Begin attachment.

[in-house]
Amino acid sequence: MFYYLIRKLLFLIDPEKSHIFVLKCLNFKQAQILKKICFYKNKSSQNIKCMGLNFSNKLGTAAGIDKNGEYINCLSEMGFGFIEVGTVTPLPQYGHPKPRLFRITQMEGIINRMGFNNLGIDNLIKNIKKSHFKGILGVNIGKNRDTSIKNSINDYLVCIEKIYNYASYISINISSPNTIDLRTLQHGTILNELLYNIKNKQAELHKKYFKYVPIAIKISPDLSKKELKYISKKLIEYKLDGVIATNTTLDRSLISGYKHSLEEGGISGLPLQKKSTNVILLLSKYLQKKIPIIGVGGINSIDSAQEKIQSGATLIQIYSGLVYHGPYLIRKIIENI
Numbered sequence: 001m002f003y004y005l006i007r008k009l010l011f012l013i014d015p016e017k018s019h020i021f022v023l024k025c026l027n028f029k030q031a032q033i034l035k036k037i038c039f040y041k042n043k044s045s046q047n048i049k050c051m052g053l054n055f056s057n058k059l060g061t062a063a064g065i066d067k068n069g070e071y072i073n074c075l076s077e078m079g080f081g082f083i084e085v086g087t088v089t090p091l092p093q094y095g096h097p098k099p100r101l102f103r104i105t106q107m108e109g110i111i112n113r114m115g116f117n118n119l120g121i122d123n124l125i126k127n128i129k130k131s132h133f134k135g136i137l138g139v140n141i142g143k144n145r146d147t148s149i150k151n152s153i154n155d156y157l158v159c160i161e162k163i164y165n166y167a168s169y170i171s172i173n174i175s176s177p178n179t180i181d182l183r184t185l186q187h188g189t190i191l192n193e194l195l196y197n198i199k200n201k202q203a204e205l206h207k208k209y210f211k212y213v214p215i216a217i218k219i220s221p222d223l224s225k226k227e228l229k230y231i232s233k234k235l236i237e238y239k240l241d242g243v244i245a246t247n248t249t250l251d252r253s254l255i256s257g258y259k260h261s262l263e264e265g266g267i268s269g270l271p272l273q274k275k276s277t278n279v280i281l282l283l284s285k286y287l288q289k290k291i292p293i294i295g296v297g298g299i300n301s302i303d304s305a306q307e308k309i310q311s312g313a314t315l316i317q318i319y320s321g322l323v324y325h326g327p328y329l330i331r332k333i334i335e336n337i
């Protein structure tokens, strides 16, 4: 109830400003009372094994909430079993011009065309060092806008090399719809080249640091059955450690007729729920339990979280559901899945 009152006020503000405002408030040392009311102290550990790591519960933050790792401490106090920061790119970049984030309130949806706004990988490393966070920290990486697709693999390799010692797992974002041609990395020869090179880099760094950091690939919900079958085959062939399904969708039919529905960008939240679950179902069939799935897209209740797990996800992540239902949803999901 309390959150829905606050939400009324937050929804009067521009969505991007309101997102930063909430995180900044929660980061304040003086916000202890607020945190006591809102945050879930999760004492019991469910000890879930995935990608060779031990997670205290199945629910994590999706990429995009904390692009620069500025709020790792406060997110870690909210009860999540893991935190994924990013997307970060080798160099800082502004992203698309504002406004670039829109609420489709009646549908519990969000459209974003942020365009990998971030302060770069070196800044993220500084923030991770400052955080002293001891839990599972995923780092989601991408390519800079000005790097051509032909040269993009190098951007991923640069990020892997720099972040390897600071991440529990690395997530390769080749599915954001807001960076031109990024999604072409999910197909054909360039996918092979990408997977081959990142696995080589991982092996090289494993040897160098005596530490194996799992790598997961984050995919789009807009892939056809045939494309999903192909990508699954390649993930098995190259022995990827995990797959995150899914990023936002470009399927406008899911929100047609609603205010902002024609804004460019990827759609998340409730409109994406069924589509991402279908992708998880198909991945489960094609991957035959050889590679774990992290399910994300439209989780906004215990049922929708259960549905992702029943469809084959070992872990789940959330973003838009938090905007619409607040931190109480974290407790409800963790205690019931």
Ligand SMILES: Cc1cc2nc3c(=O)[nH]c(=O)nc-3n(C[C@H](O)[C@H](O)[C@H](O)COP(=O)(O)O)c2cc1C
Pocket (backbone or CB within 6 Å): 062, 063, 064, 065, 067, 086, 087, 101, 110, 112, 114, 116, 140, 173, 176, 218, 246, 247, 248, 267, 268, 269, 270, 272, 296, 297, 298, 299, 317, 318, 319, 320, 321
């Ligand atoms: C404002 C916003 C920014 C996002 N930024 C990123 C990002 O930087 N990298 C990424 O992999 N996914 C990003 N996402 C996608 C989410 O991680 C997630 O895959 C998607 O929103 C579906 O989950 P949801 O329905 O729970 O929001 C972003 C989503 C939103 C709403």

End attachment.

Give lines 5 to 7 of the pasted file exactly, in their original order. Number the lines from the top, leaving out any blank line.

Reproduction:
Ligand SMILES: Cc1cc2nc3c(=O)[nH]c(=O)nc-3n(C[C@H](O)[C@H](O)[C@H](O)COP(=O)(O)O)c2cc1C
Pocket (backbone or CB within 6 Å): 062, 063, 064, 065, 067, 086, 087, 101, 110, 112, 114, 116, 140, 173, 176, 218, 246, 247, 248, 267, 268, 269, 270, 272, 296, 297, 298, 299, 317, 318, 319, 320, 321
């Ligand atoms: C404002 C916003 C920014 C996002 N930024 C990123 C990002 O930087 N990298 C990424 O992999 N996914 C990003 N996402 C996608 C989410 O991680 C997630 O895959 C998607 O929103 C579906 O989950 P949801 O329905 O729970 O929001 C972003 C989503 C939103 C709403």